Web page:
Bacteria talking

A friend at NPR pointed me to this fascinatiing story (read or listen): A Biologist’s Listening Guide to Bacteria. A scientist discovers how bacteria talk to each other so they can adapt their behaviour according to whether they are alone or in a group. When you learn that cholera bacteria only create toxins whey the reach a quorum, you glimpse the potential value of the work.

It’s also interesting that she believes self doubt is what keeps a scientist sharp.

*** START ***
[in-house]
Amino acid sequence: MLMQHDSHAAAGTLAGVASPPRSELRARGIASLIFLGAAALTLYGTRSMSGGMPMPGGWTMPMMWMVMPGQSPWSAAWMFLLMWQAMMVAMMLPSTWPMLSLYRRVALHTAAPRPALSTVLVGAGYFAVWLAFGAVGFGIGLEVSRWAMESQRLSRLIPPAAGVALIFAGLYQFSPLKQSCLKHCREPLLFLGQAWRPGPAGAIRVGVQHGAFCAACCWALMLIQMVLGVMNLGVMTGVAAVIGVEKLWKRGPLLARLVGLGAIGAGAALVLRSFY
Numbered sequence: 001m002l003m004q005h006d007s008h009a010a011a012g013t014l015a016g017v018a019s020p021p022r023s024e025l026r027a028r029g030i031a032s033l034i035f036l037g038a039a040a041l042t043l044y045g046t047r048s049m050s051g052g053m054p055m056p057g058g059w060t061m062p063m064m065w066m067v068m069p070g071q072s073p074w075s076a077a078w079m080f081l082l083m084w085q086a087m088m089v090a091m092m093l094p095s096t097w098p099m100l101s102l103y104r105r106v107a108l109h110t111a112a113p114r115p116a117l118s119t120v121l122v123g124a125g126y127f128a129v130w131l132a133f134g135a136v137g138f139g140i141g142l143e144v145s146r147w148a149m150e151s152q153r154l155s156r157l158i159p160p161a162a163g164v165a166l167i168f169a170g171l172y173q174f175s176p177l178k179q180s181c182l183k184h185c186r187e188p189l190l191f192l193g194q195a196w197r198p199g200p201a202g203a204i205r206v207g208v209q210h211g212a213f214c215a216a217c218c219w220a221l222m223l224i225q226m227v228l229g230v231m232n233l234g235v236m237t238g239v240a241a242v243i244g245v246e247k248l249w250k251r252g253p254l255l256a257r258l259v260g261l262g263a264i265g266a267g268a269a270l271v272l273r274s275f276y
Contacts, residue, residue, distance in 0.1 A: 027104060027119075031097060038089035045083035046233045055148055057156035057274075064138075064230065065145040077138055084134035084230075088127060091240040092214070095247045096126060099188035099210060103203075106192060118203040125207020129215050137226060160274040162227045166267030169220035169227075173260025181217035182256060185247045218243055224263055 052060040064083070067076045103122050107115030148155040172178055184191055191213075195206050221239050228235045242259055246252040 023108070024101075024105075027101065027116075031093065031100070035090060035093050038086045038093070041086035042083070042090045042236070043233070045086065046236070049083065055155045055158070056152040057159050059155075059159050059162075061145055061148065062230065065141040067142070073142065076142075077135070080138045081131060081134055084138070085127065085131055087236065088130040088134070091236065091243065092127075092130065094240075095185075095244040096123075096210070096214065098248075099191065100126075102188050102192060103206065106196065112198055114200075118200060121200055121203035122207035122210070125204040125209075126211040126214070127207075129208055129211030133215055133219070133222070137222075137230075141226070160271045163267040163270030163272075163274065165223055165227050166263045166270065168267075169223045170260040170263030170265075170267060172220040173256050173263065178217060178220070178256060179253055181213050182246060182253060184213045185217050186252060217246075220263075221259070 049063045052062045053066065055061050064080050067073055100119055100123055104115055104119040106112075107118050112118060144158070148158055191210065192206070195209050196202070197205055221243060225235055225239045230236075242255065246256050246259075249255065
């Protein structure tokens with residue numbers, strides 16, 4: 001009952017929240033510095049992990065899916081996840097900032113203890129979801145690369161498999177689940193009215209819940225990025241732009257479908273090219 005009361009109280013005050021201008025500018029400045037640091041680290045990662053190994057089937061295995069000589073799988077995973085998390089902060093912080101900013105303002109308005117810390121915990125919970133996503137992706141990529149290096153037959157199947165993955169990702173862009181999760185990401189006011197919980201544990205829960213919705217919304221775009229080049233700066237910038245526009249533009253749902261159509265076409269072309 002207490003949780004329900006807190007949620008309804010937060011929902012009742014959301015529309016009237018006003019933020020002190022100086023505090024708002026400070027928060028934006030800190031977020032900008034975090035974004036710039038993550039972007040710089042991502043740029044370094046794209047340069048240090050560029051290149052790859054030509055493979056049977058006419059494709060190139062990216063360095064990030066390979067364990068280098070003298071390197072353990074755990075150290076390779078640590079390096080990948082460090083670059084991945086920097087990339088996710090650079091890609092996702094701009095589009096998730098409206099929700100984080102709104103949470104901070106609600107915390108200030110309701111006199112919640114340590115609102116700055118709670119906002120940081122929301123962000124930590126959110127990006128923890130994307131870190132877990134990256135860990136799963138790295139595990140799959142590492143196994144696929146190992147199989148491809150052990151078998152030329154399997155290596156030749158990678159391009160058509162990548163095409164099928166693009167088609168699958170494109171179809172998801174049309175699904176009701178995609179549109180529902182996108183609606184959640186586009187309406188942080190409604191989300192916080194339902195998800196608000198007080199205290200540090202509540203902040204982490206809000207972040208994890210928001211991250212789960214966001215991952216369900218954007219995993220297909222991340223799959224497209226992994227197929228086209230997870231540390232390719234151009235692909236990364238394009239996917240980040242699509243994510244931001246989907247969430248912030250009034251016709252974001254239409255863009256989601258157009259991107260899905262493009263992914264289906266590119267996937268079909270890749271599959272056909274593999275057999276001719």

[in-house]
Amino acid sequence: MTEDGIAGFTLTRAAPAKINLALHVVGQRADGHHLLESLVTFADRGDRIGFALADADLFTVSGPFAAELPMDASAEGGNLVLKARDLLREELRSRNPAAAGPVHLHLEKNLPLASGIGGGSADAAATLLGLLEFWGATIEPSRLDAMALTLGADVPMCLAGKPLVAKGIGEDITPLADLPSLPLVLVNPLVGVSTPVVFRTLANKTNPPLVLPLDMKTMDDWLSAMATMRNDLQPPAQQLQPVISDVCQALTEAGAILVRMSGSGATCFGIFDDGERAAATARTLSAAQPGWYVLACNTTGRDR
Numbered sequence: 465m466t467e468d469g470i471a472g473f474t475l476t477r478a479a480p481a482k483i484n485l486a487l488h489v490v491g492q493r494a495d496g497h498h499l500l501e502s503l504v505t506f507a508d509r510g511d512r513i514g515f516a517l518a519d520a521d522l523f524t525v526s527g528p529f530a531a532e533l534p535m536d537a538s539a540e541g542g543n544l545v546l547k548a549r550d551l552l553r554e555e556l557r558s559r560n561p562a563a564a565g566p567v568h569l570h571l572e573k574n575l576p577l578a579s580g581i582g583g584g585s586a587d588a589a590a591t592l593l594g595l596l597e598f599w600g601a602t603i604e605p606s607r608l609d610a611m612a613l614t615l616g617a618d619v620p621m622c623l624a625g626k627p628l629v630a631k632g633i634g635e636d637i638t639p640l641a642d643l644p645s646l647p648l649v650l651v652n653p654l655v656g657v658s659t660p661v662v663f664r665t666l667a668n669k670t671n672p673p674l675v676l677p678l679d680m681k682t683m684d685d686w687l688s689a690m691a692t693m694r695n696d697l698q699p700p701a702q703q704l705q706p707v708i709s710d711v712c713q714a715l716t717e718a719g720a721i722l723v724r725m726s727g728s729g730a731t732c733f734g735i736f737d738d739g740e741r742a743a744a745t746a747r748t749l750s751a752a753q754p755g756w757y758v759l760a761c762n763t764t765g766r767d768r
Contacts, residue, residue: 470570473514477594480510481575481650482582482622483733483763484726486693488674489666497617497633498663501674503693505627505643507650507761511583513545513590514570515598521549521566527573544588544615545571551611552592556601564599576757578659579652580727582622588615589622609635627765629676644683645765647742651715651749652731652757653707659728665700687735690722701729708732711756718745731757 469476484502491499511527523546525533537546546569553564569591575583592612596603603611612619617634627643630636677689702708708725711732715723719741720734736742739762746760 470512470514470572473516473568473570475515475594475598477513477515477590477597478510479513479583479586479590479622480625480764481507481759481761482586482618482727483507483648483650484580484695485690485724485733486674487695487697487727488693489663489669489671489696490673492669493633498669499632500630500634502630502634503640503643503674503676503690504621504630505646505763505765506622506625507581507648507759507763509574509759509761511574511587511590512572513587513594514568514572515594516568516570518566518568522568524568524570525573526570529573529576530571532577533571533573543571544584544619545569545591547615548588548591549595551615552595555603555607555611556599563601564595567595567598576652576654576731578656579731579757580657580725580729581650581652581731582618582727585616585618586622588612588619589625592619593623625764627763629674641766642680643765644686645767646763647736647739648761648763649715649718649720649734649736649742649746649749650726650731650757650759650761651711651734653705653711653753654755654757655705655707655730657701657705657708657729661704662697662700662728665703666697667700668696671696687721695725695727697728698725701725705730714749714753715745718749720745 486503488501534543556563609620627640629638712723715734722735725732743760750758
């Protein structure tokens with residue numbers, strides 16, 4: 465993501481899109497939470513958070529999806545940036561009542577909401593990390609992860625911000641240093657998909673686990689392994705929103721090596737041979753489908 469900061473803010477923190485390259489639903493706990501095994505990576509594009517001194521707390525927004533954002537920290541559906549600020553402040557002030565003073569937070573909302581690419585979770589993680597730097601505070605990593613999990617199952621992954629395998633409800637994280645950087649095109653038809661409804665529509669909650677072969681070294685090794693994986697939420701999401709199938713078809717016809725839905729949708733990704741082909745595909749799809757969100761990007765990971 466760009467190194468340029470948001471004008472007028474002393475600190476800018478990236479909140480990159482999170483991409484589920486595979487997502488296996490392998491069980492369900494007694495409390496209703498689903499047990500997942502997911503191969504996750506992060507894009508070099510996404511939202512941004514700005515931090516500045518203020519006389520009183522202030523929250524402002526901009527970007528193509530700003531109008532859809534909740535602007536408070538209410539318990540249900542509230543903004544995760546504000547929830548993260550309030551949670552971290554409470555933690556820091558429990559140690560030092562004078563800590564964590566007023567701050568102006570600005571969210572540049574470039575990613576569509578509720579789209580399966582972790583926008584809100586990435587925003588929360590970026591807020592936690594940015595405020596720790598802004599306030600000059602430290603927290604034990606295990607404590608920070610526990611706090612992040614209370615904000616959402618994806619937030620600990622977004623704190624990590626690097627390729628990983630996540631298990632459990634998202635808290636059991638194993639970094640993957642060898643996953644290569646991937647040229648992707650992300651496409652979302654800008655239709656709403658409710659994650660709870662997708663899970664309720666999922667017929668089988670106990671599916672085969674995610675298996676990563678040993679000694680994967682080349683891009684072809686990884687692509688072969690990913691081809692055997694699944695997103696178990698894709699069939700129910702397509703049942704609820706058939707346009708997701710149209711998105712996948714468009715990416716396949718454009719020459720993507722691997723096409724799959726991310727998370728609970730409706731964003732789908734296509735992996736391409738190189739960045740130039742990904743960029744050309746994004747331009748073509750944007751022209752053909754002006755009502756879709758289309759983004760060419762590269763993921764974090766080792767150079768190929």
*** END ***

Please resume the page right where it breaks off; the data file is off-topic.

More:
And that’s the best kind of scientist because they’re filled with this self-doubt. And if I’m going to be honest, that’s who I am. And it’s what drives me. It’s a terrible part of my personality. Nothing’s ever good enough, I’m not smart enough. This is part of my mantra. I need to work harder, and if I were only smarter, I could help them with their struggle better.”

1 thought on “Bacteria talking

  1. Ian Glendinning

    Good find Johnnie.

    I have the “myxobacter” example of bacteria as multiple simple “non intelligent” units doing some “clever” things in group situations … I use it as an example to explain the concept of emergence.

    This is a new example to me.



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